Metropolitan News-Enterprise


Thursday, March 29, 2007


Page 3


S.C. Declines to Review Ruling on Harassment Suit Against Charter School


By a MetNews Staff Writer


The California Supreme Court yesterday declined to review a ruling that a charter school, which is being sued for sexual harassment, is not a public entity for purposes of the Government Tort Claims Act.

None of the court’s seven justices, meeting in San Francisco for their weekly conference, voted to grant Palisades Charter High School’s petition for review of a Jan. 10 ruling allowing Courtney Knapp to sue the school.

Knapp’s lawyer, Edwin Carney, told the MetNews yesterday that it was “about time” the parties “moved on with the real issues in the case.”

The Court of Appeal ruling, by this district’s Div. Seven, was a turnaround from a vacated ruling that the act applied, barring Knapp from suing because she did not file a timely claim.

 In the new ruling, the panel reversed Los Angeles Superior Court Judge Joe W. Hilberman’s order granting summary judgment to the school, which exists pursuant to a June 2000 charter from the Los Angeles Unified School District.

Applying the recent California Supreme Court case of Wells v. One2One Learning Foundation (2006) 39 Cal.4th 1164—which was decided just before the rehearing of Knapp’s appeal—the justices held that PCHS was not a public entity because it operates independently of LAUSD.

In Wells, the high court held that various charter schools being sued by distance learning students did not qualify as “public entities” because they were not operated by the public school system.  The schools’ only relationship with the chartering districts was through the charters, the court noted, and they acted autonomously in regard to their finances, legal matters and management.

Justice Laurie D. Zelon, writing for Div. Seven, reasoned that PCHS is similarly independent of its chartering authority. As an alleged nonprofit public benefit corporation, she said, it is a separate legal entity that has its own board of directors and authorized agent for service of process, operates on its own budget, and hires its own administrators and teachers.

“It is likewise given substantial freedom to achieve academic results free of interference by the LAUSD, whose chartering authority comprises the sole relationship with PCHS,” she wrote, noting that its charter requires it to carry its own insurance and bond, hold the LAUSD harmless from claims arising from the school, and take full responsibility for its own financial services.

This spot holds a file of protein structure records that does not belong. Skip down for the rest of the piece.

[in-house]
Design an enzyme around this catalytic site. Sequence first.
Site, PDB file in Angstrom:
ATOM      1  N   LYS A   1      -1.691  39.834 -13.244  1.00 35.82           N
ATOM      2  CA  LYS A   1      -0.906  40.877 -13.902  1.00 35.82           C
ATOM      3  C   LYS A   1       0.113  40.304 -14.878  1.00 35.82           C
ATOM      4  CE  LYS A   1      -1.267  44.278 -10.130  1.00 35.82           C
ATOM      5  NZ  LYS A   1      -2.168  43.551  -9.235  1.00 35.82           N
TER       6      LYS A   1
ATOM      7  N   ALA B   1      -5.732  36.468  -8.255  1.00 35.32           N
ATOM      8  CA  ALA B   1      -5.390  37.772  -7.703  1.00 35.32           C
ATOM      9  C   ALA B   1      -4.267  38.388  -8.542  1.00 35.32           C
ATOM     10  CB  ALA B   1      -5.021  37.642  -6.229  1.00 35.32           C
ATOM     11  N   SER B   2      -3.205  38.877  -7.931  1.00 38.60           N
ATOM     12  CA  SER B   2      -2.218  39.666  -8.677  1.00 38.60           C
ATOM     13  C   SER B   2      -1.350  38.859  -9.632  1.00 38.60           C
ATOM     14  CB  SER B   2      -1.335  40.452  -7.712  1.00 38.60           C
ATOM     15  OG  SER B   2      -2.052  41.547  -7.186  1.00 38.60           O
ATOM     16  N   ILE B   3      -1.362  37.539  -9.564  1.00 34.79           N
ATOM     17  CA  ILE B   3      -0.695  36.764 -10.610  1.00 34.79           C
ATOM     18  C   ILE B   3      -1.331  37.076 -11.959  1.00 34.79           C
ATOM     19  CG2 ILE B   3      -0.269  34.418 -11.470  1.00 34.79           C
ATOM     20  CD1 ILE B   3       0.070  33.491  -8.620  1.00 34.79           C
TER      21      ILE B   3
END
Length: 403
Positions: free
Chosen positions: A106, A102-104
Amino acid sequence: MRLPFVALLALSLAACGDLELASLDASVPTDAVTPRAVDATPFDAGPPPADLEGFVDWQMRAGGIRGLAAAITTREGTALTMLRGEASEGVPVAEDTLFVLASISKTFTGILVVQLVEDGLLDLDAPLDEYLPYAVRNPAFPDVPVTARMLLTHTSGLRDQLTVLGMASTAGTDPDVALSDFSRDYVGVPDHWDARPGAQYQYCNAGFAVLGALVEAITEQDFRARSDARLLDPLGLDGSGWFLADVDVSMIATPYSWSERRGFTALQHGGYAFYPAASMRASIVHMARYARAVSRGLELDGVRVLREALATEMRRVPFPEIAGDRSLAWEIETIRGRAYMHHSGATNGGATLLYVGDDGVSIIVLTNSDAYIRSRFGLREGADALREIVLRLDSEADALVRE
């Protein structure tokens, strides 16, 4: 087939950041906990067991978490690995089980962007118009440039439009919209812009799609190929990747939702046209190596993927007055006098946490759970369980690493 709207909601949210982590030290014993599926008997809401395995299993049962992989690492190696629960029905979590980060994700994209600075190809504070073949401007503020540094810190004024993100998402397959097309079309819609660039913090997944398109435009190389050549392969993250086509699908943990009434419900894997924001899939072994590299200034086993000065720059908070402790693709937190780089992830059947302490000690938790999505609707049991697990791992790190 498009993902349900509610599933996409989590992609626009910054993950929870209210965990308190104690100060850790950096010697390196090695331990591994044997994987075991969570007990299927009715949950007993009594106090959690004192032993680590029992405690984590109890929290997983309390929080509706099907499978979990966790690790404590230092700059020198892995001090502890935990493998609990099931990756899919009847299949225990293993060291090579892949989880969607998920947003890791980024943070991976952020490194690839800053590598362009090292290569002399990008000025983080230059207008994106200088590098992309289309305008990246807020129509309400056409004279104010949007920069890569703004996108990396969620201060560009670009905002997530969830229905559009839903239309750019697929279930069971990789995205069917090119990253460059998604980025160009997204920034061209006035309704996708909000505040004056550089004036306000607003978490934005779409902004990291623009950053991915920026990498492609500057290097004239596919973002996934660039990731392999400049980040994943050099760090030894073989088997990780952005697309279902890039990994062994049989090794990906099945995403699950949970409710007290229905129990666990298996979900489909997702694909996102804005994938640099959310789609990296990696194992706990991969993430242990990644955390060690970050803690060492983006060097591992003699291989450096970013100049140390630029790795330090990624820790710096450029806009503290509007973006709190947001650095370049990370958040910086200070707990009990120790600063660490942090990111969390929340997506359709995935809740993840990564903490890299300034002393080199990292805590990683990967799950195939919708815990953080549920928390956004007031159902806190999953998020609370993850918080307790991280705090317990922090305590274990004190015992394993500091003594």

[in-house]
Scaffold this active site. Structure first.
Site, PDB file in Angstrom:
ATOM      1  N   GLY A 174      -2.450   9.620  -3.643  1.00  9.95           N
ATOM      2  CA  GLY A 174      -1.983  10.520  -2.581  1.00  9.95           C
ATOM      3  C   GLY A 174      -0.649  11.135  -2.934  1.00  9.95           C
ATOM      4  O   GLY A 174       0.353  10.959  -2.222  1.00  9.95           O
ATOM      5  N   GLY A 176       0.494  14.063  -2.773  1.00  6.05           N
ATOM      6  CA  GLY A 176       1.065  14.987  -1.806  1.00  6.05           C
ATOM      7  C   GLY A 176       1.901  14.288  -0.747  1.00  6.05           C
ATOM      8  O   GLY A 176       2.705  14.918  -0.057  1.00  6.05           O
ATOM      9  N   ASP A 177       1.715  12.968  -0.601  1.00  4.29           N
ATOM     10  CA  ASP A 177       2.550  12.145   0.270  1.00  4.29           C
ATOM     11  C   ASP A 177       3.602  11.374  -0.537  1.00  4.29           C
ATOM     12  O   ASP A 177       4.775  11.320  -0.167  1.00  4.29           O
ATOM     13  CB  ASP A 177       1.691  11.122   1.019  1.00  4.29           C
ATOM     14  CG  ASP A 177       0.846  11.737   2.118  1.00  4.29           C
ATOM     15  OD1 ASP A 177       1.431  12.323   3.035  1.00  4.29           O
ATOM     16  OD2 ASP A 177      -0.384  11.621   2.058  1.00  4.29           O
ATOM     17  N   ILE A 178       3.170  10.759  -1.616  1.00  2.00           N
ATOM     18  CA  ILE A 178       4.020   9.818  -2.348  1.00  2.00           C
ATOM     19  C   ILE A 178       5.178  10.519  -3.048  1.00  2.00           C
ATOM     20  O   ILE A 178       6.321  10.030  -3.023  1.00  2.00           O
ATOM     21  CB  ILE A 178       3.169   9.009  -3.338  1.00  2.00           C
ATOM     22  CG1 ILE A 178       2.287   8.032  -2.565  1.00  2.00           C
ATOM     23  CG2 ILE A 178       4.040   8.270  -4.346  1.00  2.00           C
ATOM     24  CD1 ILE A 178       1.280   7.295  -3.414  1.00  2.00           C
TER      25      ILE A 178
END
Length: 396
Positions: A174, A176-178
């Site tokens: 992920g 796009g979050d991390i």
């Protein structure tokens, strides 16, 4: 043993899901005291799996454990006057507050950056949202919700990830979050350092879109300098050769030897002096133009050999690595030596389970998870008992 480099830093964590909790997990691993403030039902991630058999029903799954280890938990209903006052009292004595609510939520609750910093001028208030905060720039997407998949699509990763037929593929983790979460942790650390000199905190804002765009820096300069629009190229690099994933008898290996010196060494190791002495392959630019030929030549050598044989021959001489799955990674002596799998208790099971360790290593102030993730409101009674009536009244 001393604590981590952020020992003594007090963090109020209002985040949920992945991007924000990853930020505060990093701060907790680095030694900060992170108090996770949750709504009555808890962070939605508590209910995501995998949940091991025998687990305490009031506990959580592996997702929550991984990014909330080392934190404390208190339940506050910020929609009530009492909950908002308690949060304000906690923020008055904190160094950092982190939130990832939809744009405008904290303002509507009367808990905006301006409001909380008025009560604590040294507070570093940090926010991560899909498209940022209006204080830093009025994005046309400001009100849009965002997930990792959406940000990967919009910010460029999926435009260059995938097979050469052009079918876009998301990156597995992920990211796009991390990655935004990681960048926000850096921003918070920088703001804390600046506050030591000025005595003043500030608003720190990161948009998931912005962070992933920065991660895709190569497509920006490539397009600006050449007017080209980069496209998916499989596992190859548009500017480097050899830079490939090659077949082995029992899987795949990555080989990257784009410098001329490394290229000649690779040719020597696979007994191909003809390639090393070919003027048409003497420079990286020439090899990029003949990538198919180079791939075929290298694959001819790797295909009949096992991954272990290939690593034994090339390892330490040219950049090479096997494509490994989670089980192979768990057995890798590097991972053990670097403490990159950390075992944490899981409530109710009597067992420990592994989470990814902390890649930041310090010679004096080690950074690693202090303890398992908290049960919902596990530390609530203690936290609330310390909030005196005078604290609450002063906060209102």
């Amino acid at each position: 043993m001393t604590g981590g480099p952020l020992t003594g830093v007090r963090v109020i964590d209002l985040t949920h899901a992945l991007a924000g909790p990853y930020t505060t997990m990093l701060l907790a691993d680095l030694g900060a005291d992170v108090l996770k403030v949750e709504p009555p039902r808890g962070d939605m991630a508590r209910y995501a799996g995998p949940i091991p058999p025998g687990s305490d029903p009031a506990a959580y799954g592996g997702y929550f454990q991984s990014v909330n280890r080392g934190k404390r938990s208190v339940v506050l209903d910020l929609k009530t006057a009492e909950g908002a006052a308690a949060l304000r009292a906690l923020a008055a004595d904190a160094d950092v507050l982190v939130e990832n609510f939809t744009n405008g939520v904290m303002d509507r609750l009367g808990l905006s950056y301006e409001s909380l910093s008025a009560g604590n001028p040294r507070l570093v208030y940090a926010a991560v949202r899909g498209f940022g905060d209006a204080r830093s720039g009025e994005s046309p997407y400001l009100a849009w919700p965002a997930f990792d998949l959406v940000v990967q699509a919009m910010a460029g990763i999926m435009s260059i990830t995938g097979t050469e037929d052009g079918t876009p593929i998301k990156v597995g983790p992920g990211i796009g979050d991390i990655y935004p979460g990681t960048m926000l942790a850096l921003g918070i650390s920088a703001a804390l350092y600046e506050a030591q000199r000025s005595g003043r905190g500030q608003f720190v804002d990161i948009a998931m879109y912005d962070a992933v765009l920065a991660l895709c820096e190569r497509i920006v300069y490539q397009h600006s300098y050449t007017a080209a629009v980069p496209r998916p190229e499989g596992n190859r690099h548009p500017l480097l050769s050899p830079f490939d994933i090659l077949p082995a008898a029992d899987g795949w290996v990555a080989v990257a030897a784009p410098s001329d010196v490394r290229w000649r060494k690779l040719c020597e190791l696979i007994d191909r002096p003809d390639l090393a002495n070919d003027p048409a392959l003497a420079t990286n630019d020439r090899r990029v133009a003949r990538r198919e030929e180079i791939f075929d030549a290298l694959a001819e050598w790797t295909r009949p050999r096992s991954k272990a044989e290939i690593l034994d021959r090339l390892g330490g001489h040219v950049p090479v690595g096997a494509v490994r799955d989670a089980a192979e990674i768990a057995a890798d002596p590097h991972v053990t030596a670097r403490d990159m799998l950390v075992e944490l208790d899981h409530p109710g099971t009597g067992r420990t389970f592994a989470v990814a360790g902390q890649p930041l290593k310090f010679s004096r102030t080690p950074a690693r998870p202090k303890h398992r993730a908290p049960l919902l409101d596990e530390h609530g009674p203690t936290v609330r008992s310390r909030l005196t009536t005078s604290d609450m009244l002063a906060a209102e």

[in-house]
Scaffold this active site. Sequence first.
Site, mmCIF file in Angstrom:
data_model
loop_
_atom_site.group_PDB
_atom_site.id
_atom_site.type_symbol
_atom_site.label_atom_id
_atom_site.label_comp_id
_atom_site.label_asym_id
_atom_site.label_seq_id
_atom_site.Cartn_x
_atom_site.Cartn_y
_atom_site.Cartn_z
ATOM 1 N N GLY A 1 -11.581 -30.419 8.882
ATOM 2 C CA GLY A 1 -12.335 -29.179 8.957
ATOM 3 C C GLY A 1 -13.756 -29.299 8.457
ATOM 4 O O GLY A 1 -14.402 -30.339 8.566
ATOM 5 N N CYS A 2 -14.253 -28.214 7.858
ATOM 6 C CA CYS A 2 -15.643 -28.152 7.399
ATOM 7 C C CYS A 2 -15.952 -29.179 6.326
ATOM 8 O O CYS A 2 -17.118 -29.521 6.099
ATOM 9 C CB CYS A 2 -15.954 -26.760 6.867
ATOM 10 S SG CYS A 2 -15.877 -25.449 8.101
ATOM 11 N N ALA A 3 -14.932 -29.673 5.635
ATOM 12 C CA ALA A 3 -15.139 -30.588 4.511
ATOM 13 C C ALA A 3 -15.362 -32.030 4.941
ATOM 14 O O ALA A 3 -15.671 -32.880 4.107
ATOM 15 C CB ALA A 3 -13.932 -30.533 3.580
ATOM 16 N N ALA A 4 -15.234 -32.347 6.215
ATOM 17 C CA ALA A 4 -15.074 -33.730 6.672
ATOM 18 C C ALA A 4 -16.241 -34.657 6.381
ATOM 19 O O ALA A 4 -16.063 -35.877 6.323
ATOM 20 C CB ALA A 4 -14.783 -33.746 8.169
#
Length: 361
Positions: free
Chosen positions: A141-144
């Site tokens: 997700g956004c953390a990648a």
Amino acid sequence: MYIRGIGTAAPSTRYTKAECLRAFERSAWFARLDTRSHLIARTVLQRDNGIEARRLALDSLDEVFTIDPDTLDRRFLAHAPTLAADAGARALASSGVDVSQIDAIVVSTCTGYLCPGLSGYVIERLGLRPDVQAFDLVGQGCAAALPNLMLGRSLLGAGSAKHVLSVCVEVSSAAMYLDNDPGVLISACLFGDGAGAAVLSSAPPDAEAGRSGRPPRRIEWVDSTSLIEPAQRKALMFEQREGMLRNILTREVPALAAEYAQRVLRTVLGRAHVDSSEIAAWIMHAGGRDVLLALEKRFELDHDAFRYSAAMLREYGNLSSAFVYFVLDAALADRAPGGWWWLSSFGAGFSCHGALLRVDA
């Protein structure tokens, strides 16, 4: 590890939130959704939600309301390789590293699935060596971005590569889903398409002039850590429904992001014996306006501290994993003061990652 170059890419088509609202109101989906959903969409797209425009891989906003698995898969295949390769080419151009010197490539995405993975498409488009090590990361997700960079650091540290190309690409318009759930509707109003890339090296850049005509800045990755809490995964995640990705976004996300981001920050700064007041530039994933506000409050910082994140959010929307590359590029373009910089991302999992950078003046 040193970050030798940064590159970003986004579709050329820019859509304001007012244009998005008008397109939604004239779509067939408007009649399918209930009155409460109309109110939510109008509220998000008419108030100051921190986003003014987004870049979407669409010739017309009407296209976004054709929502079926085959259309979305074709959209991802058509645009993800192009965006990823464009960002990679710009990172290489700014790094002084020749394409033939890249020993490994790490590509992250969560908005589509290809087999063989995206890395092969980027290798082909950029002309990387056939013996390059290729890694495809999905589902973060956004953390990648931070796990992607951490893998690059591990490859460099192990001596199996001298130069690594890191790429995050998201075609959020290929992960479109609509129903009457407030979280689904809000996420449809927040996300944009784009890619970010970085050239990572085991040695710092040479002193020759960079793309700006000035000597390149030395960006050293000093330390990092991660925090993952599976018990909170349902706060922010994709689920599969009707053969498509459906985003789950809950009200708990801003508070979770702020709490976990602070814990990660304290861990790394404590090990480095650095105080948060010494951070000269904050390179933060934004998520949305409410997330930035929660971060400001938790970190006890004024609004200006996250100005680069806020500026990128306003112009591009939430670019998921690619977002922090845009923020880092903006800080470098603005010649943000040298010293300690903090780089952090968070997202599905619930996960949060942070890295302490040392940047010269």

Zelon added that PCHS is not a “public agency” required to register with the secretary of state and the county clerk for the Roster of Public Agencies.

In its earlier opinion, the court had not focused on the question of whether PCHS was a public entity, but on whether the LAUSD or the county was the proper entity with which Knapp was required to file her claim under the act before suing PCHS. 

San Diego-based attorney Greg Moser, who filed an amicus brief for the California Charter Schools Association and California Charter School Association Joint Powers Authority in support of PCHS’s Supreme Court petition, said the high court’s action yesterday “means that charter schools will probably take a harder line in terms of saying that a number of public agency laws do not apply to them.”

“If they’re going to be treated like private entities for liability purposes then they’re going to behave more like private organizations and less like governmental organizations,” he remarked, noting that any change in the “legal environment” would not affect day-to-day classroom operations.

Knapp sued PCHS in June 2004 alleging that history teacher Ronald Cummings, now semi-retired, used sexual innuendo and profanity to embarrass her while she was an eighth-grader visiting the school.  

She claimed that while she accompanied a student to Cummings’ class during an event called “Shadow Day,” where prospective enrollees were given the opportunity to follow a PCHS student to classes, Cummings made a comment to the class about her breasts and otherwise made her feel uncomfortable with sexual banter.

Knapp’s father had notified PCHS of his daughter’s allegations and demanded that it either fire Cummings or pay $125,000 to cover four years of tuition at Oaks Christian School, which Knapp chose over PCHS allegedly due to her traumatic experience. 


Copyright 2007, Metropolitan News Company